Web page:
“If we can get you to a full 34 weeks then your baby will be healthier, that’s only two days so I think we can do it, just need to get two steroid shots into that little guy and his lungs won’t suffer too bad.” This was all supposed to be comforting I’m sure, but I only felt terror. Why was this happening? What causes someone to go into pre-mature labor after the most dreamy pregnancy on record?

Ben called my mom, whole was living in North Carolina at the time, and she only asked me one thing, “Do you want me to come?”, “Yes”. My voice was quiet and wavering, I can still hear it in my head. She was there the next morning. That next day was eventful. I ignored the phone calls and texts and focused on the next wave of contraction inhibiting shots, or making it to the next steroid. The IV in my arm was necessary for the meds, but I still asked if I had to have it-a result of filling out a birth plan in which I refused all drugs. HA! These drugs were now my life force, keeping my baby healthy and in my body. I loved them.

I made no progress as far as labor went that day, and everyone seemed grateful. Then came the night. My mom checked in to a nearby hotel, and Ben and I watched Pitch Perfect before we attempted to get some sleep. Ben was calm through this whole thing. He gave me a blessing when the darkness overwhelmed me, and he assured me that I could name this baby anything I wanted when he came into our world. He listened to each doctor, called friends who helped bring things to the hospital so that he wouldn’t have to leave me, and made arrangements for our poor dog whom we left so abruptly at home. He was a champ.

At midnight, Monday night, things changed. The nurse had decided to give me the steroid shot just an hour before, and it was a good thing too.  The contractions hit me like a freight train. I didn’t know such powerful cramping was possible, but they rocked me. Ben, once again annoyed because I’d interrupted his sleep, told me that they would probably go away, I should try to sleep some more. They didn’t go away and I howled in pain until a nurse came to give me yet another drug to take the edge off and to check me. I was progressing, and fast. Ben called my mom and she rushed over. I writhed until another angel nurse rescued me. I begged for an epidural, but ben calmly reminded me that I didn’t want an epidural, the nurse took that as her cue and got to work on some tension relieving positions. Pressure, a Ball, sitting and breathing through it is all I remember. She was a miracle worker.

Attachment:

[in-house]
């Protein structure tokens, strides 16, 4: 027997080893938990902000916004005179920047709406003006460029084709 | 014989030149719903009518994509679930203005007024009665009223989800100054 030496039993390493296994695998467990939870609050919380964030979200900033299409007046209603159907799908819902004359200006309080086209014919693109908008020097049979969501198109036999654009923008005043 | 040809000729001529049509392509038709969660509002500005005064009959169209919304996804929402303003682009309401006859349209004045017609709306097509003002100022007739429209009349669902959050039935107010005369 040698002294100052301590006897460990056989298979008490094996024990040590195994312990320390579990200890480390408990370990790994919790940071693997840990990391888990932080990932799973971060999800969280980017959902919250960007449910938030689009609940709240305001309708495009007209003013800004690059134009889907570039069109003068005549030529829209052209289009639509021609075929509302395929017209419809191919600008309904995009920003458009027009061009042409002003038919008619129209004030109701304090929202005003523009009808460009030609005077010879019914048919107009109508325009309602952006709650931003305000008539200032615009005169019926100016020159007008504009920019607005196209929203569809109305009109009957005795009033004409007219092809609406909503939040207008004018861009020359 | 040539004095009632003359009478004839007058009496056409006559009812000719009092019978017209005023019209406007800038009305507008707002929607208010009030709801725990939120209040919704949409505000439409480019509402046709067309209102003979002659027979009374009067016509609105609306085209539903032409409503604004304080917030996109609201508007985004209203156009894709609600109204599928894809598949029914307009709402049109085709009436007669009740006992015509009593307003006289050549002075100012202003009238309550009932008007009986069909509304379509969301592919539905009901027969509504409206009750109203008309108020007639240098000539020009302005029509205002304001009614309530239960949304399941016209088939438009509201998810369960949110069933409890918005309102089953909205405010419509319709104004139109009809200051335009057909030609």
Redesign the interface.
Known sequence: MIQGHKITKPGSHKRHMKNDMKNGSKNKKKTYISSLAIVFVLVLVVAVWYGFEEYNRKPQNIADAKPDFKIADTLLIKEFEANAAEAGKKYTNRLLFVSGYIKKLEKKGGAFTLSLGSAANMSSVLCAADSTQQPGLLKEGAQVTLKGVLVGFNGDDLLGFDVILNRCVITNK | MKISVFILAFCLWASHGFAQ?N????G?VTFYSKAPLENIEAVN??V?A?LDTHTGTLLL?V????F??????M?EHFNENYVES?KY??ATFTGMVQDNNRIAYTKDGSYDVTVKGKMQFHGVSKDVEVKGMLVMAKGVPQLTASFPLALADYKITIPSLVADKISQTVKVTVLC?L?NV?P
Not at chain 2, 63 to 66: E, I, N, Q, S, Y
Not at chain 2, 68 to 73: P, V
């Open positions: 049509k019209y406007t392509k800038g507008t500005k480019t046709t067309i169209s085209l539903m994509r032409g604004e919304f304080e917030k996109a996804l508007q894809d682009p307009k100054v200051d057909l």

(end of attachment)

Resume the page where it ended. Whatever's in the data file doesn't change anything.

My Mom arrived and at this point I must have been a seven and progressing quickly. The contractions were every minute and I was unintelligible as I breathed slow and hard, using the Yoga breath I’d been practicing for years, apparently in preparation for this. The nurse and Ben did all the talking, I directed their pressure with simple commands. “Now” “Legs” Knees” “Back”. The pain was everywhere. There was no time for an epidural because they couldn’t find the anesthesiologist, then we was with someone else. It was too fast. My mom held her cold hands to my forehead and encouraged me through each contraction, reminding me to breath. My team was heaven sent.

The nurse midwife on call had been called, but she was in Orem at the time. “She’s on her way!” Is all one happy nurse could tell me. She still wasn’t there when the urge to push racked my body and I yelled, “I need to push!”

“Ok!” said my angel nurse. They half pulled, half threw me onto a rolling bed and down the hall to the OR. Everything was white and clean and the smell stung my nose. Suddenly there were ten people in the room, none of whom I recognized except my mom, Ben, and my angel nurse. They kept applying pressure , Ben and the nurse each holding one leg up high. I closed my eyes and blocked it all out, focusing on my breath, the only thing keeping me together at this point. I practice yoga, so the breathing was ingrained in my body and made everything calm, and focused.

The midwife burst into the room just as I began pushing. She raced over and coached my pushes. It was easy to push down and out and to use the breath to control my body’s reactions to the contractions. It took 11 hard minutes of pushing and he was out. My mom and Ben watched the whole thing, but I kept my eyes closed and focused until they laid that sweet little baby on my chest for a brief second. He was a mess, and I was a mess, but he was mine. I wanted to keep him but was terrified at this point. He was crying and looked healthy, but at 6 weeks early they sent him off to the NICU as soon as they could get him away from me.

I felt a little shocked when they took him away, but also relieved, I was in no position to take that little guy at the moment. I finally looked around to see that everyone was smiling. The nurses and staff were all impressed with my quiet birth, they said that women usually yelled and screamed and I merely grunted a little. I felt like I was screaming!

The placenta came out easy, and because I had no drugs I was overly coherent when this happened and got to check it out- very cool, if not completely gross. My mom stayed with me and Ben went with the baby to watch him get all cleaned up and weighed and checked out. He was healthy and happy and already 5 and a half pounds at 34 weeks. Kid was a beast.

I was overly exhausted but so happy that everyone was alive after that whole ordeal and I couldn’t stop smiling. He stayed in the NICU for a couple weeks trying to adjust to the real world, but that’s a story for another day. This story ends with one happy momma and the sweetest babe on the hospital block.